Almost invariably, planning permission for new homes requires provision for off-road car parking (if increasingly for less parking than you would actually like) and this means that some attention has to be paid to both where and how this is to be sited. So whilst a garage is arguably a luxury you could dispense with (or postpone), driveways and hardstandings must be accommodated within the initial design.


Whatever drive finish you decide on, the base you lay should essentially be the same: ideally 100-150mm of hardcore. The most efficient method is to use machines to spread and tamp hardcore — digger buckets are particularly effective tampers. It is very useful to have hardcore laid as early as possible on a building job as it aids access and stops the site becoming a quagmire, but drain-laying timetables do not always allow this use of machinery, and whether it is worth getting machinery in later just to lay hardcore depends on the driveway’s size.

Surface Options

Block paving: Best laid dry (without any cement) on a 50mm bed of sharp sand, and finished with jointing sand brushed over them and whacked with a compactor plate. Dry laying is cheaper than wet and this makes block paving a cheap and attractive option for patios and paths as well as drives.

Costs vary significantly depending on the style and materials used. At the cheaper end lie concrete pavers, but there are many types of natural materials which can be used, though these would more commonly feature on patio areas, rather than driveways. Whereas concrete pavings are available at under £10/m², you can pay as much as £50/m² for granite setts or Yorkstone.

Note that some planners now request permeable paving, and planning permission is required for non-permeable surfaces — see Rainwater Drainage for more.

Tarmac/concrete: The basic finishes are a little cheaper than pavings, but these poured surfaces are now rarely used by self-builders.

In contrast, a number of specialist operators now offer patterned concrete paving or resin-bonded driveways. They can look highly attractive but are very expensive, if applied to a large area.

Shingle and gravel: This is the cheapest option and, in many rural situations, the most attractive. However, note that the better gravel driveways are actually labour intensive as they involve laying three or four layers of stones, each rolled and then left for a day or two between coats. Edgings need to be placed – treated timber strips are adequate – and the success of the drive overall depends on good hardcore beneath.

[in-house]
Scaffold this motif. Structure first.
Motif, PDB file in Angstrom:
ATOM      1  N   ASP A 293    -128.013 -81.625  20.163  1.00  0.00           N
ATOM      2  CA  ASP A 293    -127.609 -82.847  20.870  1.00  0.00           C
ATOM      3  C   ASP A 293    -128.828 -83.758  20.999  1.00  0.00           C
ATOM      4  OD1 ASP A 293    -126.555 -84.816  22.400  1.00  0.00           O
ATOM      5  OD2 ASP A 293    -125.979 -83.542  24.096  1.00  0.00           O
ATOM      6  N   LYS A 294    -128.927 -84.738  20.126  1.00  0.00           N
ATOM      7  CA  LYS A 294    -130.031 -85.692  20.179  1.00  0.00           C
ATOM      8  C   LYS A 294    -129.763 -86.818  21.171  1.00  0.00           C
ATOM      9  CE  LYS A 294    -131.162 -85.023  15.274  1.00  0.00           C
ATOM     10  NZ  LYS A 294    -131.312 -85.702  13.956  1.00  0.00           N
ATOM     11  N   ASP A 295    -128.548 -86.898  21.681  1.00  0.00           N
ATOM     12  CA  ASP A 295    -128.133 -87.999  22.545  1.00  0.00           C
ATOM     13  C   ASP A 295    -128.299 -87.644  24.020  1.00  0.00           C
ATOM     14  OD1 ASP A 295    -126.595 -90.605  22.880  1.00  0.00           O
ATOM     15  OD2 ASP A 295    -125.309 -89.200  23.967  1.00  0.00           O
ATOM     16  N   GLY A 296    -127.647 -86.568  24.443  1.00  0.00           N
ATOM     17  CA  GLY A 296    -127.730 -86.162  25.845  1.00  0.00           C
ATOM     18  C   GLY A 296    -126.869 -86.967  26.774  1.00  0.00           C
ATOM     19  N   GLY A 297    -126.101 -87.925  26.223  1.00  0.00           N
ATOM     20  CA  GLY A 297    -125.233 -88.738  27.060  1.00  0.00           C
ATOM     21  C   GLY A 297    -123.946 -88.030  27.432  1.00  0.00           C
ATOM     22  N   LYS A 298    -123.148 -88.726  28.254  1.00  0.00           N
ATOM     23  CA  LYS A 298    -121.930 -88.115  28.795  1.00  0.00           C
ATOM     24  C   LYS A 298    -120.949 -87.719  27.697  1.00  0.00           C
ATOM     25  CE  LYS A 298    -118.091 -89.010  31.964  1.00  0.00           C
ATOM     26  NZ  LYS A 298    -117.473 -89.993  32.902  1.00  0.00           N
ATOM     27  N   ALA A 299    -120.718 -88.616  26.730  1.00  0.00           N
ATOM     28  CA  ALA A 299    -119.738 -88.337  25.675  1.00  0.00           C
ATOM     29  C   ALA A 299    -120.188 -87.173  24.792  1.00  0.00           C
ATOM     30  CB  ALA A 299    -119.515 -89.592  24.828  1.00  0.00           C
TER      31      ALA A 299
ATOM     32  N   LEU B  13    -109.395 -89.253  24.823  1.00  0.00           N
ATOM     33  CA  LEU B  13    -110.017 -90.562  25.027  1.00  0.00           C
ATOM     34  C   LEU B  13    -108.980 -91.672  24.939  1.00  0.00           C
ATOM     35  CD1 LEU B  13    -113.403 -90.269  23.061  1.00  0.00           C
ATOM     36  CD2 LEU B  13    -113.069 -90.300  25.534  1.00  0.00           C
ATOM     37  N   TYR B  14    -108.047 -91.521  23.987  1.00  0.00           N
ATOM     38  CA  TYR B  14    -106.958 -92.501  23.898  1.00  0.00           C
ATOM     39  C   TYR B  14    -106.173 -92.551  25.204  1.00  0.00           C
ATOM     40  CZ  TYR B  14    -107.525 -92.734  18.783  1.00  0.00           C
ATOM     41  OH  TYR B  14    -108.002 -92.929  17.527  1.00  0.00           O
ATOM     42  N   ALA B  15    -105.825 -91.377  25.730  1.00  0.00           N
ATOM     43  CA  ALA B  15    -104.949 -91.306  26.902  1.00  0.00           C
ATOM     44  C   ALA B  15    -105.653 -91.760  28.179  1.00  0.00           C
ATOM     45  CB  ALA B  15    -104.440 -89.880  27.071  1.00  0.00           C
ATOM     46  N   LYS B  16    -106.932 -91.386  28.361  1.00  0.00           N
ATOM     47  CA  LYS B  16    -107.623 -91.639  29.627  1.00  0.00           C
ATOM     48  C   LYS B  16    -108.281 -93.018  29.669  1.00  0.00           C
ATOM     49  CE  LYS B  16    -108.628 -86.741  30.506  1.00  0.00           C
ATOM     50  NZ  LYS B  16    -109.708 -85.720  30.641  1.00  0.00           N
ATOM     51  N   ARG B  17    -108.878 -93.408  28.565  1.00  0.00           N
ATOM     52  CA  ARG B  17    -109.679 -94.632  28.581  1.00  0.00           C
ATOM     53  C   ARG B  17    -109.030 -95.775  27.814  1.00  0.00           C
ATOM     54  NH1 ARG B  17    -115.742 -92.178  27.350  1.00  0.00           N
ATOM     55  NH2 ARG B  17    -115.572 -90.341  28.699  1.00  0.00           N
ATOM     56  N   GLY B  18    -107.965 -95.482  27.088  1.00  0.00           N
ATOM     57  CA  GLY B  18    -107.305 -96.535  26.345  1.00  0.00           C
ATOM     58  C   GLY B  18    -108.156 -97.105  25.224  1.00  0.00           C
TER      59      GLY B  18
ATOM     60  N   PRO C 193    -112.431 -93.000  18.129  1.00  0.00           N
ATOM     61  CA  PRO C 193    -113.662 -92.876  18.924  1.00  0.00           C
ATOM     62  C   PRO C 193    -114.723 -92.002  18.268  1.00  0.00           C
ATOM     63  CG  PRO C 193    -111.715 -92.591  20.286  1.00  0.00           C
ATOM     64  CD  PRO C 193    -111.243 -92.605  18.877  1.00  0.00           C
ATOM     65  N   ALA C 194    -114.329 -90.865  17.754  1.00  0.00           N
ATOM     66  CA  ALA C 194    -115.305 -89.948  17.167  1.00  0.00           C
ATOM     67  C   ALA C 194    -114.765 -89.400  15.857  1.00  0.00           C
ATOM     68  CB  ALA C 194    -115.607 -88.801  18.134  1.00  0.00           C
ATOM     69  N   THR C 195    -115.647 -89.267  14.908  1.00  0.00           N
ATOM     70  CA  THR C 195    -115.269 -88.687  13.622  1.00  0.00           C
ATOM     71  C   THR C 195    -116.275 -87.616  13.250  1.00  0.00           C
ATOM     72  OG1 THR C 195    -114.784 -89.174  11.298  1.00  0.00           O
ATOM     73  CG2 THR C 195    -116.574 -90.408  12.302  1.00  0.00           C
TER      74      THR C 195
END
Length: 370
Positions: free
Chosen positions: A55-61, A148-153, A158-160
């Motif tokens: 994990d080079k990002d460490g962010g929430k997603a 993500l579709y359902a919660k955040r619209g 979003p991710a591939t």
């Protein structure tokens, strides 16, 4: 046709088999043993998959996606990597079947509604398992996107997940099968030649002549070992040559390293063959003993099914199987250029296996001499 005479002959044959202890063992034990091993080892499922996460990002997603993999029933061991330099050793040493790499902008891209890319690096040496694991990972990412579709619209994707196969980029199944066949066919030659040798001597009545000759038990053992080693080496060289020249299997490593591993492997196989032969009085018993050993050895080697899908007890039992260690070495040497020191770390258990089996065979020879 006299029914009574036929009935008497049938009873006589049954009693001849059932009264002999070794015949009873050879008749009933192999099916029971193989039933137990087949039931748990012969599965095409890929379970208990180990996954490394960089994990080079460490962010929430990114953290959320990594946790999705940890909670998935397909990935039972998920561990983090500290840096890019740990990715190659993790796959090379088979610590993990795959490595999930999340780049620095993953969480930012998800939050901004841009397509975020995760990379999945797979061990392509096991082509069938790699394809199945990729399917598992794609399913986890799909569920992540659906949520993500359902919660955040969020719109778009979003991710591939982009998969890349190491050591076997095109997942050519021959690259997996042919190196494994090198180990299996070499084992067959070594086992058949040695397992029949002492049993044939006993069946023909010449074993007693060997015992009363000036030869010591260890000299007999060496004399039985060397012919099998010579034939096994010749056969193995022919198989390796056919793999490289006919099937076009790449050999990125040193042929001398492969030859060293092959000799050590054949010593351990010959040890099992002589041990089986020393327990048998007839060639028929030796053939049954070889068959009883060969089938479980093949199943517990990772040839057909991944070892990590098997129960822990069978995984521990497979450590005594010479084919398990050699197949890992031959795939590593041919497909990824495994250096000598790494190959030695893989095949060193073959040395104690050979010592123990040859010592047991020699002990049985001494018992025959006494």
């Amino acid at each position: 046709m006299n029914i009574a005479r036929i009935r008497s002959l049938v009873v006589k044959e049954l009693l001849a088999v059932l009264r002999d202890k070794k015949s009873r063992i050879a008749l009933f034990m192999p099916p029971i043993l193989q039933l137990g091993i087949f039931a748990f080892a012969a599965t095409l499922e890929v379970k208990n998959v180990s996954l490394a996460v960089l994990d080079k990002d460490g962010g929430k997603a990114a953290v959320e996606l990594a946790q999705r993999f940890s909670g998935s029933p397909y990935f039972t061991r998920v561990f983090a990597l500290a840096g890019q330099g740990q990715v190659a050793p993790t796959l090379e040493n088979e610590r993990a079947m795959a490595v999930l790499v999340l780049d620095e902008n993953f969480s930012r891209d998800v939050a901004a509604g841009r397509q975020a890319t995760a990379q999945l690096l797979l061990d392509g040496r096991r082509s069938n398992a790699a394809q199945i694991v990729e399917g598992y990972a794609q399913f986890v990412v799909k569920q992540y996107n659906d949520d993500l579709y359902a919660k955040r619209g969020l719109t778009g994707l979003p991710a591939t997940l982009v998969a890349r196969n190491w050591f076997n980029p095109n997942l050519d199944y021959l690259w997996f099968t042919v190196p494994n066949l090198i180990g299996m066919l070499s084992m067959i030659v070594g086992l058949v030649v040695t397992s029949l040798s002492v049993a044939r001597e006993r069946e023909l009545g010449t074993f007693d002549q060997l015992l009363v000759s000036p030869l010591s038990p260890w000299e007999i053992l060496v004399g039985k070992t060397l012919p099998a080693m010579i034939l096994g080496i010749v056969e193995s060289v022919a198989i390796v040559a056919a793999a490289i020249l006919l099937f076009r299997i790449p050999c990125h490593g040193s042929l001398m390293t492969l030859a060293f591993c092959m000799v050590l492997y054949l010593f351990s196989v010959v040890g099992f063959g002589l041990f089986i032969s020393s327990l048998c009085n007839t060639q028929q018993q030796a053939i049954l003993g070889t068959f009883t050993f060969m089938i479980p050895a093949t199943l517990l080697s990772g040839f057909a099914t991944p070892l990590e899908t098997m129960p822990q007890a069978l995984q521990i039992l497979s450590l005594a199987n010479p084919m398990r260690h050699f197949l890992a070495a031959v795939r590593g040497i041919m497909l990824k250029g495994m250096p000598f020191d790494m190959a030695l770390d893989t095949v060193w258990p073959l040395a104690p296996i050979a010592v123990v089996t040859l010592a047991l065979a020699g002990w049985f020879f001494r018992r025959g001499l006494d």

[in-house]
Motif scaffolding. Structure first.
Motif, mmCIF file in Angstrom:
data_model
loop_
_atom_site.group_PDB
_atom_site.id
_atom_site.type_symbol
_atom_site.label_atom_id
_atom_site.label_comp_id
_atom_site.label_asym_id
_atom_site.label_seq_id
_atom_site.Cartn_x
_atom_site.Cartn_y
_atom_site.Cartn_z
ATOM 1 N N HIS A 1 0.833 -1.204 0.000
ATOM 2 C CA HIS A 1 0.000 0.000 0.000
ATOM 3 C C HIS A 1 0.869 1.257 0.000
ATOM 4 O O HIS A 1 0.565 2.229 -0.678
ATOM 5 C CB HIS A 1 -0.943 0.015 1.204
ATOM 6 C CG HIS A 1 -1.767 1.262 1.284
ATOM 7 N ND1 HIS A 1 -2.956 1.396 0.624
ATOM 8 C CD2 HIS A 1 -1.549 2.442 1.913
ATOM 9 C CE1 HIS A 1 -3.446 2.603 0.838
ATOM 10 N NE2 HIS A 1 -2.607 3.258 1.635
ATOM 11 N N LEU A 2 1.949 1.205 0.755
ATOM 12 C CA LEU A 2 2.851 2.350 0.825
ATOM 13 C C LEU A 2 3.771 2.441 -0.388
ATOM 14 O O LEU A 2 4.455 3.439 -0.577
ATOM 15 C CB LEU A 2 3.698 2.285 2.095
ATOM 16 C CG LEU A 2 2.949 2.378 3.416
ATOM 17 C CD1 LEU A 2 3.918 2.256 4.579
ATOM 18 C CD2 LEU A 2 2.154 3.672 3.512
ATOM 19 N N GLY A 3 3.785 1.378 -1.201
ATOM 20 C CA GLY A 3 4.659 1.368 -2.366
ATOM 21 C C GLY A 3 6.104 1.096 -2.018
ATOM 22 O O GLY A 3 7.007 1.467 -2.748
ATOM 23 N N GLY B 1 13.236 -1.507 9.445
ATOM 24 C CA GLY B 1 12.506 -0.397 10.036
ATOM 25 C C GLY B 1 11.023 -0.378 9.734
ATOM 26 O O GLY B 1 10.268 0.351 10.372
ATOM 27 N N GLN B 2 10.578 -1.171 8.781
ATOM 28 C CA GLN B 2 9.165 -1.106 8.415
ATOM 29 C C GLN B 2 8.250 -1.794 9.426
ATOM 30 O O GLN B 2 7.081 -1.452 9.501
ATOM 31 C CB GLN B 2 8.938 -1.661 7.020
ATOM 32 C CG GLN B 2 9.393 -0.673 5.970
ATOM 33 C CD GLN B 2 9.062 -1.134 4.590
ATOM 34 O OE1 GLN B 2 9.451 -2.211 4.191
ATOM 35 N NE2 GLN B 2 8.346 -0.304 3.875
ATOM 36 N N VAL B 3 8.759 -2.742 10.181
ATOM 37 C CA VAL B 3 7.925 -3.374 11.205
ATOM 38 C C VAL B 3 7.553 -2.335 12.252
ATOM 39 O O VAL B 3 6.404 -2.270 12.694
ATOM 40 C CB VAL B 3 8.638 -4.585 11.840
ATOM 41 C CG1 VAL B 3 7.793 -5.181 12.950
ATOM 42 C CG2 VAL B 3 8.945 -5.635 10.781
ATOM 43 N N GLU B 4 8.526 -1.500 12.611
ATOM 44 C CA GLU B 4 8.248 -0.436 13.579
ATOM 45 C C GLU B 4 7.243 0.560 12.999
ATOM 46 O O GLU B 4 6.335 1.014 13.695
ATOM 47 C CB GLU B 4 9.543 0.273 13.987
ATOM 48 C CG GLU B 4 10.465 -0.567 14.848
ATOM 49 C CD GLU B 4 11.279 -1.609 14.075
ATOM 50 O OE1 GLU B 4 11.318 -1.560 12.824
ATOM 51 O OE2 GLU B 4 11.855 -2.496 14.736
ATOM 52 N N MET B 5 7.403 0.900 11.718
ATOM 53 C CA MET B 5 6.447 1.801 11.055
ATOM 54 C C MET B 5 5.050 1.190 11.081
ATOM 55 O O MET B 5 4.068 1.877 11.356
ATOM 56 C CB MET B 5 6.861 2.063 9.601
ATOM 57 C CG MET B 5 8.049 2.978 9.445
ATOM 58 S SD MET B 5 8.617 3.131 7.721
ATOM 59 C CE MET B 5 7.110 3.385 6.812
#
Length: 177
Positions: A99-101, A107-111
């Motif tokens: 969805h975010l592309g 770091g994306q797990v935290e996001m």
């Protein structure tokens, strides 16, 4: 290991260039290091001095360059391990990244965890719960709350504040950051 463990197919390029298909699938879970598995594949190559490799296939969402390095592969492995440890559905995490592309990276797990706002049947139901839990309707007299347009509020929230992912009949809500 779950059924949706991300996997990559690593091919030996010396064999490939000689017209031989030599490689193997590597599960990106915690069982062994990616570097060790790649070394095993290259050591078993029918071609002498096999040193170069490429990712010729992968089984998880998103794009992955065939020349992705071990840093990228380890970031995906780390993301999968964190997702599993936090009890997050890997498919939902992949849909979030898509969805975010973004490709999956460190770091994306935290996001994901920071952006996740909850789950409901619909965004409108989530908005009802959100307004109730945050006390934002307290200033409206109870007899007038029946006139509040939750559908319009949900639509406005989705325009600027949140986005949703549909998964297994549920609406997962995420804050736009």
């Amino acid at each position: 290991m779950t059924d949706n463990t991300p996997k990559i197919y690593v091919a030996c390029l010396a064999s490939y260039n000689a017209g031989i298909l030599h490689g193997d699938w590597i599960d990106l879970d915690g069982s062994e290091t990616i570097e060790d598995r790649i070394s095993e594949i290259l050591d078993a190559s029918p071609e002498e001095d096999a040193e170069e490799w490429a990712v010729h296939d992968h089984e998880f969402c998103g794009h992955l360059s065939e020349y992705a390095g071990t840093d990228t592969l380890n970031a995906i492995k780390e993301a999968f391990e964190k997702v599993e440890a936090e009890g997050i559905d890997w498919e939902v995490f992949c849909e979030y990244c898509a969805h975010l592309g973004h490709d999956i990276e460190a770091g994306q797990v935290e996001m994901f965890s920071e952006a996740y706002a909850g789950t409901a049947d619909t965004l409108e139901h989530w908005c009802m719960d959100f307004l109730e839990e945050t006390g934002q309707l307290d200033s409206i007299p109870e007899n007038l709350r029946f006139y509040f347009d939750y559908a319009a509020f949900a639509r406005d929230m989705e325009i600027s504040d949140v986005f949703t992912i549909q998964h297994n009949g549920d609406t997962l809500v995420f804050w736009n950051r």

Design-Driven Drives

Enhance your home’s approach with our top driveway ideas

ABOVE: 1. The Classico fan pattern from Brett Landscaping; 2. Random-sized Pavilion Paviors from Stonemarket; 3. Ready-aged pavers from Brett Landscaping; 4. If you have limited turning space, install a driveway turntable such as this from Nationwide Ltd; 5. Black Mountain Quarries’ sleek slate.

Paving Patterns

For creating the perfect finish

ABOVE: 1. The simple but popular running bond; 2. The decorative basket weave; 3. Dutch herringbone weave; 4. A highly ornate fan pattern; 5. The diagonal herringbone

Garages & Outbuildings

Garages: There is no requirement for a house to have a garage, but it’s still seen as a pretty desirable feature, even if you never plan to park cars in it. In fact, so much new housing is short of storage space that a garage acts as a really useful annexe. The key decisions here are:

  • single, double or triple?
  • integral, attached or detached?
  • just storage or multi-purpose?
  • claddings in keeping or in contrast with the house?

Here we are back to the design brief and the garage is something which should be looked at early on, especially as it almost invariably forms part of the planning application. Many people want their garages to double up as workspaces or to have an extra bedroom incorporated above. Some self-builders have even been known to live in their garages whilst the house is under construction.

If the garage is just being used for storage, the construction is a little simpler than for a house. You don’t need to insulate and you don’t need elaborate waterproofing details such as cavities. Nevertheless, a single garage can be expected to cost upwards of £6,000; a double upwards of £10,000.

The Best Home Car Parks

A good garage should complement the design of your home

ABOVE: 1. Cottage style for traditional homes; 2. Install a study above, like this garage from English Heritage Buildings; 3. Consider an ultra-sleek car port; 4. Contemporary design by Hörmann (UK) Ltd

This article is sponsored by Hörmann (UK) Limited

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